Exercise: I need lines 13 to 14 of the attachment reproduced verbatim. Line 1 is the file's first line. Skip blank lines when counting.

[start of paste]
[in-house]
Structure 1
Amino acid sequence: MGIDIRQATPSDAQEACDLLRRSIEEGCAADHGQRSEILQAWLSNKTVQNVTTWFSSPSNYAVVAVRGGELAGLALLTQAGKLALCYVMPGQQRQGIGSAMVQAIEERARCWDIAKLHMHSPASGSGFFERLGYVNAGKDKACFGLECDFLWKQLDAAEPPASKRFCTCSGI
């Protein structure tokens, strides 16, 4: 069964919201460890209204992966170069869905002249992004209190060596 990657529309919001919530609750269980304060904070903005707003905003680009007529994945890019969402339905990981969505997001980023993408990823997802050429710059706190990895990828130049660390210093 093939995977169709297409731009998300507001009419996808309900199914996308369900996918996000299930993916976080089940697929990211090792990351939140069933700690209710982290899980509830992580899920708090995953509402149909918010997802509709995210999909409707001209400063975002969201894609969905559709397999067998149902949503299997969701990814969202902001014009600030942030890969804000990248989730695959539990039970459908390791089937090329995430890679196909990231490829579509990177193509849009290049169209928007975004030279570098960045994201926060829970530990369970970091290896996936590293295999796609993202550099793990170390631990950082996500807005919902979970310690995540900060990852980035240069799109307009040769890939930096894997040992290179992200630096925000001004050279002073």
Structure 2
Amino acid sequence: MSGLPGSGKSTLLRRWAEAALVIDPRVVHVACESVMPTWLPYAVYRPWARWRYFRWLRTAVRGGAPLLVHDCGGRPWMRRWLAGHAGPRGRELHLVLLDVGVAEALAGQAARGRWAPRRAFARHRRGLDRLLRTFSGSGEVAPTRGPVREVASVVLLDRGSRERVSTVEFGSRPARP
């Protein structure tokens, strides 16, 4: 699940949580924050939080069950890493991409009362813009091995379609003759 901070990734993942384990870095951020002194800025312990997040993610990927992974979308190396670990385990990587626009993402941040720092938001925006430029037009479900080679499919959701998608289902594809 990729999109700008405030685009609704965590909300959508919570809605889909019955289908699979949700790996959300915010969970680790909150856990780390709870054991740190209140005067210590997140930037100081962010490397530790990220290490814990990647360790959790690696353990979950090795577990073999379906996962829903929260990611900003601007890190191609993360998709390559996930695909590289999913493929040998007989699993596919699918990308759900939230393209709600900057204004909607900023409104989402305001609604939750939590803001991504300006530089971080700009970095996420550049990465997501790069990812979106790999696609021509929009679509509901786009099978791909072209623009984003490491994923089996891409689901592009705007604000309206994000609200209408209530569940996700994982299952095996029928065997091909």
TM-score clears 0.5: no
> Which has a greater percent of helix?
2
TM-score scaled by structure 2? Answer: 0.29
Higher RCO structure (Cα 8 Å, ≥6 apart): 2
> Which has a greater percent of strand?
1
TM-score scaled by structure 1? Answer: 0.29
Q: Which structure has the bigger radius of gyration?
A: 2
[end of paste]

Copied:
> Which has a greater percent of strand?
1